I can feel it...coming in the air tonight.
I can feel it coming, a thrumming just underneath my skin. The time of year is upon us when my senses are alive in a way they just aren't any other time. It's high school football season, baby, and it kicks off this Friday. For the next ten weeks, I'll be burning out of work as early as possible on Friday afternoons and hitting the road to Troy and points beyond to follow the Trojans in their quest for a Greater Western Ohio Conference North Division championship.
My excitement for the coming season, while it never totally goes away, began in earnest last Friday. That was when the Dayton Daily News published their annual high school football preview (online, registration required). With so many teams to cover, there was only room for a short little blurb on the Trojans, but it was enough to get me hyped up. At the same time I was reading it (in Bowling Green), I was aware the Trojans were holding their second and final preseason scrimmage (in Troy), and it was killing me not to be there.
I contented myself by reading the rest of the football preview, especially those bits dealing with the Trojans' opponents for the season, plus a more extensive preview at another site. Later in the evening I watched Friday Night Lights on DVD. I really enjoy that movie, especially how it focuses on both the positive and negative aspects. The football action scenes are a little over the top, but nowhere near as bad as most football movies I've seen. In all, it was a good way to get further warmed up for the season.
I've tried over the years to figure out exactly what has created the monster that is my passion for high school football, since I never played myself and I'm now eleven years removed from my own high school days at any rate. I don't know that it can be boiled down to any single factor, but I can name quite a few things that contribute.
For one thing, a lot of my best memories from high school are tied to football: going to games and hanging out with friends; watching other friends compete in the game and perform in the band; going out after games for pizza; Homecoming dances; pep rallies and bonfires; experiencing victory more often than not; and so on. I didn't even care about football as a sport when I was in high school. I just went to the games because it was the thing to do on Friday nights and so many of my friends were there.
Since then, I've come to love football itself. I love college football and I'm getting more and more into the NFL, but the high school game is my drug of choice. At that level, most of the guys who play can't get by on athletic ability alone, and so they have to work hard on fundamentals in order to play well. In that respect, it really is a purer form of the sport than the higher levels.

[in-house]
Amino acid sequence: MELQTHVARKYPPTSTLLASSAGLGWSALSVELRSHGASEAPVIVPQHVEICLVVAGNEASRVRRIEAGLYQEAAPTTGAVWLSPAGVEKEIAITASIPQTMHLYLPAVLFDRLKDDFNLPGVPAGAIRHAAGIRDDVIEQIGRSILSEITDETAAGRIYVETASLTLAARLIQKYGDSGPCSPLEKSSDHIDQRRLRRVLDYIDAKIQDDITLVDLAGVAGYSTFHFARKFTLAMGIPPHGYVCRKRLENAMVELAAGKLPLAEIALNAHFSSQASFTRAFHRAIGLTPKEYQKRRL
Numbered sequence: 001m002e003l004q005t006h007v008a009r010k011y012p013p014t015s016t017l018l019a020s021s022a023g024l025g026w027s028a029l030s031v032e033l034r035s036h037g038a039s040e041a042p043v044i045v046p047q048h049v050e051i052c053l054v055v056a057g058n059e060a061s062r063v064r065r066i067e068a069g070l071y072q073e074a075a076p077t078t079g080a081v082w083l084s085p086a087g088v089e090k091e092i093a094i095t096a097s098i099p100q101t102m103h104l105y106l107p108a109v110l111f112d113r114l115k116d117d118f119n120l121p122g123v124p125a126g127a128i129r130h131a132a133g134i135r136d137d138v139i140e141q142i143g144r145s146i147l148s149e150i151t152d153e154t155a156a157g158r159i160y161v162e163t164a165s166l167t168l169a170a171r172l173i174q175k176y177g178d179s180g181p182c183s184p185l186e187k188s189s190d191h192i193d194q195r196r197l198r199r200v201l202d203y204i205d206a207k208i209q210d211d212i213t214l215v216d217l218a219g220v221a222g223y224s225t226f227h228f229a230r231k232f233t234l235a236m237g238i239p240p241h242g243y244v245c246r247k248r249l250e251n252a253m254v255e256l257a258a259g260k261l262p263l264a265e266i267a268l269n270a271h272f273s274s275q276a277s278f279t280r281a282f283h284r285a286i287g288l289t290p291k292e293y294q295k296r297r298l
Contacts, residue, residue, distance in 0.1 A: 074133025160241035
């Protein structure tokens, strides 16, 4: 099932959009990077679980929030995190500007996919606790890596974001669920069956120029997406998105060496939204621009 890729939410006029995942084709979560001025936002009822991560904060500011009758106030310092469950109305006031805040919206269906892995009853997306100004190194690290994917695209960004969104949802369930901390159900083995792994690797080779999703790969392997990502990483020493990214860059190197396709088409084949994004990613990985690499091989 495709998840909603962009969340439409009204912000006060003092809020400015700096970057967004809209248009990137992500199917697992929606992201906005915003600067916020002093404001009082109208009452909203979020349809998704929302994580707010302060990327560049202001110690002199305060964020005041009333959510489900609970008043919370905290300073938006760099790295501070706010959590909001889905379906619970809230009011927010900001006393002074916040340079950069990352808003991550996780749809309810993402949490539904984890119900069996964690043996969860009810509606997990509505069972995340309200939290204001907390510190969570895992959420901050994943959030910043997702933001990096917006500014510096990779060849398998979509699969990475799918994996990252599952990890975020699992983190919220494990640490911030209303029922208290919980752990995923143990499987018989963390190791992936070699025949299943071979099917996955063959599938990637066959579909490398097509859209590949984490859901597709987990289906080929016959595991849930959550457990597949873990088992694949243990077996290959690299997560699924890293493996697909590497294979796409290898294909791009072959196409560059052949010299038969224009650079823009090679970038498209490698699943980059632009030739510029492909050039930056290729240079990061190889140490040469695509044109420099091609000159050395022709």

Beyond that, I think there's an interesting sociological dynamic to high school football games. They bring quite a mix of people together--teachers and school staff, parents, students, and alumni, as well as random community members and other fans. I think high school sports (football in this case, because football is "where it's at" here in Ohio) have the ability to galvanize a community in a way that college and professional sports can't because they're more universal, and it's a fascinating thing to watch. I also think it's fun to go to the games to see so many familiar faces and occasionally even an old friend or two.
And there are so many peripheral things that go along with football that I love: the energy of the crowd, particularly during a close game; being with my wife and my friends; watching the sun set from the home-side bleachers at Troy Memorial Stadium; visiting different towns and stadiums; the weather as it changes, from shorts and t-shirts here at the end of August to sweatshirts and jeans as September fades into October, all the way to jackets and coats for the last couple of games of the season; and so much more. I could go on and on about all the things I enjoy about the games and everything surrounding them.
With all of that said, I have no idea how all of this will translate if ever the day comes when I can no longer attend Troy games. On one hand, if that ever happens, I wouldn't mind just going to a different stadium each week, seeing different places and teams. That appeals to me especially here in Ohio, where there's so much great football and so many programs with great tradition and pride. I would have mixed feelings about adopting a new school to follow exclusively, although I would probably get around to that at some point, especially if I grew fond of the community. Of course, if I found myself unable to attend Troy games, I might also try my hand at doing some sportswriting for a local newspaper, in which case I suppose I'd go to whatever game they sent me to.
Of course, all of those speculations are at least a year away from becoming reality, and right now I'm just prepared to enjoy this coming season for all it's worth. The season kicks off this Friday at 7:30 p.m., with the Trojans taking on Dublin Coffman at Troy Memorial Stadium.